The reason is that it’s not only the volume that’s the problem, it’s the duration. Modest volume for five hours can be equally as harmful as top volume for five minutes.

So here’s how you can be a little safer when you listen:

  • Take frequent breaks. It’s best to take regular and extended breaks.
  • Stop listening right away if you notice ringing in your ears or your ears start to ache.
  • Enable volume warnings on your device. If your listening volume gets too high, a warning will alert you. Once you hear this alert, it’s your task to reduce the volume.
  • If you don’t want to think about it, you may even be capable of changing the maximum volume on your smart device.
  • If you are listening at 80% volume, listen for a maximum of 90 minutes, and if you want to listen more turn the volume down.
  • As a general rule of thumb, only listen to your media at 40-50% volume.

Earbuds specifically, and headphones generally, can be pretty stressful for your ears. So try to cut your ears some slack. Because sensorineural hearing loss typically occurs slowly over time not immediately. Which means, you may not even observe it occurring, at least, not until it’s too late.

Sensorineural hearing loss is irreversible

Usually, NHIL, or noise-related hearing loss, is permanent. That’s because it’s sensorineural in nature (meaning, the cells in your ear are irreparably damaged because of noise).

The damage is hardly noticeable, especially in the early stages, and progresses slowly over time. NHIL can be hard to identify as a result. It might be getting slowly worse, all the while, you believe it’s perfectly fine.

Regrettably, NIHL cannot be cured or reversed. But strategies (hearing aids most notably) do exist that can reduce the impact sensorineural hearing loss can have. But the total damage that’s being done, regrettably, is irreversible.

So the ideal plan is prevention

That’s why so many hearing specialists put a significant focus on prevention. Here are some ways to continue to listen to your earbuds while reducing your risk of hearing loss with good prevention routines:

  • Utilize earbuds and headphones that incorporate noise-canceling technology. This will mean you won’t need to turn the volume quite so high so that you can hear your media clearly.
  • Use other kinds of headphones. That is, don’t wear earbuds all day every day. Over-the-ear headphones can also be sometimes used.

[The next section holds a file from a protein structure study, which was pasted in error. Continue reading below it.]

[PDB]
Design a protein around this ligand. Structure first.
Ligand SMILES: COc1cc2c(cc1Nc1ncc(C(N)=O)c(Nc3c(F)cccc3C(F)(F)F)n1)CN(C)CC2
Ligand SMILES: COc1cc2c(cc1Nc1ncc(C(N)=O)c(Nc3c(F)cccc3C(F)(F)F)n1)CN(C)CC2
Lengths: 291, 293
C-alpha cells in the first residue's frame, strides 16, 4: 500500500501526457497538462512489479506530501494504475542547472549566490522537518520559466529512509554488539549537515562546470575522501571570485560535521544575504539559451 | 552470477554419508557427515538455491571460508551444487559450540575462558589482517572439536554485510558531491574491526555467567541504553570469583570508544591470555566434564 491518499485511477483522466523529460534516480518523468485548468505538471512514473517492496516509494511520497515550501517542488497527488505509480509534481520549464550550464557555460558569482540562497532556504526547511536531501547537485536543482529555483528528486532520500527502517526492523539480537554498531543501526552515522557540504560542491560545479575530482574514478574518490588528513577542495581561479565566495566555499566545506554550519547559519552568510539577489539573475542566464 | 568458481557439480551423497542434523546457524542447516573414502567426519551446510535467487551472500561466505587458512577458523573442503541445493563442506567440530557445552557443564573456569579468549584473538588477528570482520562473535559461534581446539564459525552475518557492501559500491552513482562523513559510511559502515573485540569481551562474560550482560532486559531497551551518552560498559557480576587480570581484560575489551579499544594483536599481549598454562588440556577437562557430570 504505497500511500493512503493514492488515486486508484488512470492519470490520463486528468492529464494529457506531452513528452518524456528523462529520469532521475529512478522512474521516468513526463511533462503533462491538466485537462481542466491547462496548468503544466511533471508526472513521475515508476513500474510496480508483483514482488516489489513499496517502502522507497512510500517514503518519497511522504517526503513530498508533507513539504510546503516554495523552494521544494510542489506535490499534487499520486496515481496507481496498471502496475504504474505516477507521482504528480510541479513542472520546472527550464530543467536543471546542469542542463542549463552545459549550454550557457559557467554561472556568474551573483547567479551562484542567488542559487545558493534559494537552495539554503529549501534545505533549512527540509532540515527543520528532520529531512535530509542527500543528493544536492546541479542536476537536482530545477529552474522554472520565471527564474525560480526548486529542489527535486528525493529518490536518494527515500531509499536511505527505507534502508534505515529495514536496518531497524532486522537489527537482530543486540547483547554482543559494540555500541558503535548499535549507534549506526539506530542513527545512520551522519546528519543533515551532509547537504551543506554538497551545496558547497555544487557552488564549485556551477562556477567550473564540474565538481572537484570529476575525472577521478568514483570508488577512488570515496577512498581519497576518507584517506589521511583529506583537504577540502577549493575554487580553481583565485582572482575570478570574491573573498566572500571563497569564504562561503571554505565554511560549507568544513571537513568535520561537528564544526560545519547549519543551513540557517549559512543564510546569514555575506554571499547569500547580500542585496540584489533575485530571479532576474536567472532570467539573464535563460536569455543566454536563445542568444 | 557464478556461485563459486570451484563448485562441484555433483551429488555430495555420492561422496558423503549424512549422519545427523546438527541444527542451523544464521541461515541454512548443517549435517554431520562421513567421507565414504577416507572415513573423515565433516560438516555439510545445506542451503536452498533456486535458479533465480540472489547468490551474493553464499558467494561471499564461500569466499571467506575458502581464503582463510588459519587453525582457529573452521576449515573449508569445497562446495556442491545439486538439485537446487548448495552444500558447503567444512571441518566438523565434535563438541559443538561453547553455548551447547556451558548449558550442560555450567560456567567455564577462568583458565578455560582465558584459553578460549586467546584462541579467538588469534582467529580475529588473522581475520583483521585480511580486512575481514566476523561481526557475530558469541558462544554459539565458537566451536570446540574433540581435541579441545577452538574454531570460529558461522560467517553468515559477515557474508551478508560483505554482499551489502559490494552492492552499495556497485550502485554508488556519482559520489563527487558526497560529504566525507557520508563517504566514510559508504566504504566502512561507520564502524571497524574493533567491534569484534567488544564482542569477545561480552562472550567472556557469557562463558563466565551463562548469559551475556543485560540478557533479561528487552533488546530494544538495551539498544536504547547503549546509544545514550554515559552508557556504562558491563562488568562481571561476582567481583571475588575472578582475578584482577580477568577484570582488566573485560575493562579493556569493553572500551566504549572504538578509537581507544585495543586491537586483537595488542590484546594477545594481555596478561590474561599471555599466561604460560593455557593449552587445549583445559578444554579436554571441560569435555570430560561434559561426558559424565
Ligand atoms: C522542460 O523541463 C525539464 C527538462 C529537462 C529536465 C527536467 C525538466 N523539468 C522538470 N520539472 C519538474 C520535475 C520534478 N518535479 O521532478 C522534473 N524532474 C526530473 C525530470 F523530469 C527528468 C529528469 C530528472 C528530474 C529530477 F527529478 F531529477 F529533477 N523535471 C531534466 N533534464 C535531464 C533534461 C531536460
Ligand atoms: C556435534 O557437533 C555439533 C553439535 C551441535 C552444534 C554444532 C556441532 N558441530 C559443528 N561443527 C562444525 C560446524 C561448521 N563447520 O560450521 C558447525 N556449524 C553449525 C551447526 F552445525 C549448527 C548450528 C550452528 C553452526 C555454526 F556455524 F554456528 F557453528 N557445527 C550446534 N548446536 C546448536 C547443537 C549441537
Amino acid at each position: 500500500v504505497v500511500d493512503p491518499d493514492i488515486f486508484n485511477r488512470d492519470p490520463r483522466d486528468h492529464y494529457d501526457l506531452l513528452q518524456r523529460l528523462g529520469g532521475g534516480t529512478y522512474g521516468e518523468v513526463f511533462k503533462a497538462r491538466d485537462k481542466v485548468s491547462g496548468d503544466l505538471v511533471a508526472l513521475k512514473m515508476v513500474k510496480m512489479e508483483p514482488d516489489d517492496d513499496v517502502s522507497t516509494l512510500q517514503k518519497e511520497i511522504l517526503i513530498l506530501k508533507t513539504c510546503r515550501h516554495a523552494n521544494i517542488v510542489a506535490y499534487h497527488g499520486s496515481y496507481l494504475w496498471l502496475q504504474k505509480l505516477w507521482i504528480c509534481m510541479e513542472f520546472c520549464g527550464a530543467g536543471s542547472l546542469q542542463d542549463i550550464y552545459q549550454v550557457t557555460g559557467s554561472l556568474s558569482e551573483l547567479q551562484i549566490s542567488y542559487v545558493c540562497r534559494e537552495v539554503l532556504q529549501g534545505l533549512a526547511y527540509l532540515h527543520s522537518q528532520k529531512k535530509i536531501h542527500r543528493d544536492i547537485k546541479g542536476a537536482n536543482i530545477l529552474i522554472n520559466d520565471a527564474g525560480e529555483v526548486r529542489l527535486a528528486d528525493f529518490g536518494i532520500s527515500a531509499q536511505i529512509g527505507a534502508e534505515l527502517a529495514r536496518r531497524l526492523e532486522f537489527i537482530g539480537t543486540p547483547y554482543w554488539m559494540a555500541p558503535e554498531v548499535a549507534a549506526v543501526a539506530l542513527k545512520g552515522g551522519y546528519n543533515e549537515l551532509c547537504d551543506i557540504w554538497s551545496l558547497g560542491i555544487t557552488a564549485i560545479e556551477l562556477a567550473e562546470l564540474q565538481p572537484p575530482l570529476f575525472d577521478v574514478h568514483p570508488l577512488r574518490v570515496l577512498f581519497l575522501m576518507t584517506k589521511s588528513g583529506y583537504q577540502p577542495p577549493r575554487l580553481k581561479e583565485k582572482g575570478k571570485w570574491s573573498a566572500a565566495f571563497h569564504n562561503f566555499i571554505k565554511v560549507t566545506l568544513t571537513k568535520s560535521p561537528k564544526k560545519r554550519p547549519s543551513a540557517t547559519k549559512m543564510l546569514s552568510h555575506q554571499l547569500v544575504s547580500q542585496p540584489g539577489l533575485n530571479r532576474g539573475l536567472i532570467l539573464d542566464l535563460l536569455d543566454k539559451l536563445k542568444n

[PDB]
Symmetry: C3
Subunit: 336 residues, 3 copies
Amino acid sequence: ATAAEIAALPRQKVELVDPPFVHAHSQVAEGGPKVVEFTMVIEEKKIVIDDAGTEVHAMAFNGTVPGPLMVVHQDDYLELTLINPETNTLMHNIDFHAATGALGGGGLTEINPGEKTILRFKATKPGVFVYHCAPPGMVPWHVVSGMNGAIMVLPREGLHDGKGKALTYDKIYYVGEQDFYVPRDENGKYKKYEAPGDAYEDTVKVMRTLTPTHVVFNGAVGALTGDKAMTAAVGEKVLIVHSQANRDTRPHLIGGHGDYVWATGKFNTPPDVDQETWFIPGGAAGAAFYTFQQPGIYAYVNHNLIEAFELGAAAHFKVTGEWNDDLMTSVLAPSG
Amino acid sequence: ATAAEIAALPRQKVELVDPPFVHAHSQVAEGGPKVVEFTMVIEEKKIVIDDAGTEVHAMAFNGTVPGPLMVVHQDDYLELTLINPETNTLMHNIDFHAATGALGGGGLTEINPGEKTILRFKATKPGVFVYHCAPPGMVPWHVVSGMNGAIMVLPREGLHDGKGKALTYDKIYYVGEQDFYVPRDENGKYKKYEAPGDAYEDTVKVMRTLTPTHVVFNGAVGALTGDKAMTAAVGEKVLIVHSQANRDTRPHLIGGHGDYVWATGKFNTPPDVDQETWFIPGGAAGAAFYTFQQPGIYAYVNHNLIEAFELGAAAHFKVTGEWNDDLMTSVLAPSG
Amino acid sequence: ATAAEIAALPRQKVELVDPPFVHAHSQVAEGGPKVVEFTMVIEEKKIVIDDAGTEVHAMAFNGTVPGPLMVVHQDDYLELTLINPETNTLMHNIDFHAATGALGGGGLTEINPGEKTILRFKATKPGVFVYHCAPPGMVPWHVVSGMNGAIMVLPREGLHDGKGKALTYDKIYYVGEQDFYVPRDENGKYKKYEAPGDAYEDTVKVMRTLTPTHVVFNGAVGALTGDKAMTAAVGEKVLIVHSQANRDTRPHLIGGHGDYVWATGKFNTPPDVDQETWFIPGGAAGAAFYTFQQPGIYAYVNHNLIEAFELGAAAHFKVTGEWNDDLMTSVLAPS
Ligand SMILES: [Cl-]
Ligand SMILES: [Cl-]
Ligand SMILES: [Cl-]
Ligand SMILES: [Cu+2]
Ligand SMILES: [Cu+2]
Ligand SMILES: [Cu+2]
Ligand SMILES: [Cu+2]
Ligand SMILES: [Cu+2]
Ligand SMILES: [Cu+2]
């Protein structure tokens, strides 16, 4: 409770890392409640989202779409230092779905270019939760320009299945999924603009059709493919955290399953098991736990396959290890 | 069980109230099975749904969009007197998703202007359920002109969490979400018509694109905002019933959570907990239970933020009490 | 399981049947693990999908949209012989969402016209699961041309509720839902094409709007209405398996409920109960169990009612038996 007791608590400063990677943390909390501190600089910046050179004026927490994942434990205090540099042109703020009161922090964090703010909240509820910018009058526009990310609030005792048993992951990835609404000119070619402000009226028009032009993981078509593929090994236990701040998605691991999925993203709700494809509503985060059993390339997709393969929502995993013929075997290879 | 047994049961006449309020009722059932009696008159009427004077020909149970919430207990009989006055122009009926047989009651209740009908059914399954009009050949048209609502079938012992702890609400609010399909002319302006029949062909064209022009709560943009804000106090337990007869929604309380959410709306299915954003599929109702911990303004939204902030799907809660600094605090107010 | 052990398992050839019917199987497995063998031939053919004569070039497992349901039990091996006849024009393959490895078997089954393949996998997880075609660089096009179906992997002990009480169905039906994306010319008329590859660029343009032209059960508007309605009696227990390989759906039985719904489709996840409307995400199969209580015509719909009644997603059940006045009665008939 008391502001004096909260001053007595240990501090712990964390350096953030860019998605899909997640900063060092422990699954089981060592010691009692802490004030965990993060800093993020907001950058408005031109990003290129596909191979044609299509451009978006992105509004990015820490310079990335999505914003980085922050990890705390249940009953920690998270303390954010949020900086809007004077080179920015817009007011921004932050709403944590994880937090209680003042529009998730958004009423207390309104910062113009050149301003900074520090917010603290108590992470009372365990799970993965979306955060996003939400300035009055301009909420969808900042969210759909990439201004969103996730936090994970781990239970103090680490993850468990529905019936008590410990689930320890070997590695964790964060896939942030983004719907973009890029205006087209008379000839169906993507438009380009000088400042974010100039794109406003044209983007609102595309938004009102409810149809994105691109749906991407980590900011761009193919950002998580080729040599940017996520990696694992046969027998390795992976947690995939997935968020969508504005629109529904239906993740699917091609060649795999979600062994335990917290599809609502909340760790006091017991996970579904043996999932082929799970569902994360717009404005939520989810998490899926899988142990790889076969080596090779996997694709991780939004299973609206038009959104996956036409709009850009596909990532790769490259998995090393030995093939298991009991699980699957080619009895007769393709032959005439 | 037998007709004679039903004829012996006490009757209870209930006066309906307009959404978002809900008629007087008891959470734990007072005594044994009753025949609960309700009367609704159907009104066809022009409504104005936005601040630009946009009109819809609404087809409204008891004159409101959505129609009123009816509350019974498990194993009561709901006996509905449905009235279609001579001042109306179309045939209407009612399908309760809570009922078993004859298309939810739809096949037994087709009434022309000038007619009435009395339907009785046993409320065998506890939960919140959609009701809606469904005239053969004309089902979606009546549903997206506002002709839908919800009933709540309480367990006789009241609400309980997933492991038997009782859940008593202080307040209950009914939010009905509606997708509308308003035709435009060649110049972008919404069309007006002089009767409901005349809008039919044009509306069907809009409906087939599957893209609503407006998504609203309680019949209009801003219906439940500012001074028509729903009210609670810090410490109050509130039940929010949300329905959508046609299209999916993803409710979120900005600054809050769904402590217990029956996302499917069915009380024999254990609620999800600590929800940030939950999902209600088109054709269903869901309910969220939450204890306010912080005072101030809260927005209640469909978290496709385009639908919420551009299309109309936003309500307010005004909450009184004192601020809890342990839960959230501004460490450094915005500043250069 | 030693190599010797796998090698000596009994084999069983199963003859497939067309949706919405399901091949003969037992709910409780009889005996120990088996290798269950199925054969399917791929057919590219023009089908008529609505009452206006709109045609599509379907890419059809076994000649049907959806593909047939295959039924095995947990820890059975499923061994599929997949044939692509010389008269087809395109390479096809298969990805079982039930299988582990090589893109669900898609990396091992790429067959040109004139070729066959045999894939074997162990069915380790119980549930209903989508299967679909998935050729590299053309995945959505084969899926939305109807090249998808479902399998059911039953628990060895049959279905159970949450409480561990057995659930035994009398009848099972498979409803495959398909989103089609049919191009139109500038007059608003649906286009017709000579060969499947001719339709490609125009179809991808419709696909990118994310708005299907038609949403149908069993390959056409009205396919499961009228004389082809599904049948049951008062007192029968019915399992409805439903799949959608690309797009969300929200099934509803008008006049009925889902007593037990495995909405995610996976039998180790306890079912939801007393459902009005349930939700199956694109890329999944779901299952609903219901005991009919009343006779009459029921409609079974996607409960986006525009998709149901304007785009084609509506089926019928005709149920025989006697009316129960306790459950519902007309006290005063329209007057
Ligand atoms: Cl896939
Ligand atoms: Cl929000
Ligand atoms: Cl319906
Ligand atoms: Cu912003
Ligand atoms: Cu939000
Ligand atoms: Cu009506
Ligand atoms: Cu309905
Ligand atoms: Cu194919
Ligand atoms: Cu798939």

• When you’re listening to your devices, use volume-limiting apps.
  • Make routine visits with us to have your hearing examined. We will be able to help you get tested and track the general health of your hearing.
  • Use hearing protection if you’re going to be around loud noises. Use earplugs, for instance.
  • Control the amount of damage your ears are experiencing while you’re not using earbuds. This could mean paying extra attention to the sound of your environment or steering clear of overly loud scenarios.

You will be able to protect your sense of hearing for many years by taking actions to prevent hearing loss, particularly NHIL. It can also help make treatments such as hearing aids more effective when you do ultimately require them.

So… are earbuds the enemy?

Well…should I just throw my earbuds in the garbage? Not Exactly! Particularly not if you have those Apple AirPods, those little devices are not cheap!

But your approach may need to be modified if you’re listening to your earbuds regularly. These earbuds may be damaging your hearing and you may not even recognize it. Your best defense, then, is knowing about the danger.

Step one is to control the volume and duration of your listening. The second step is to talk to us about the state of your hearing today.

Think you may have damaged your hearing with earbuds? We can help! Get assessed now!

The site information is for educational and informational purposes only and does not constitute medical advice. To receive personalized advice or treatment, schedule an appointment.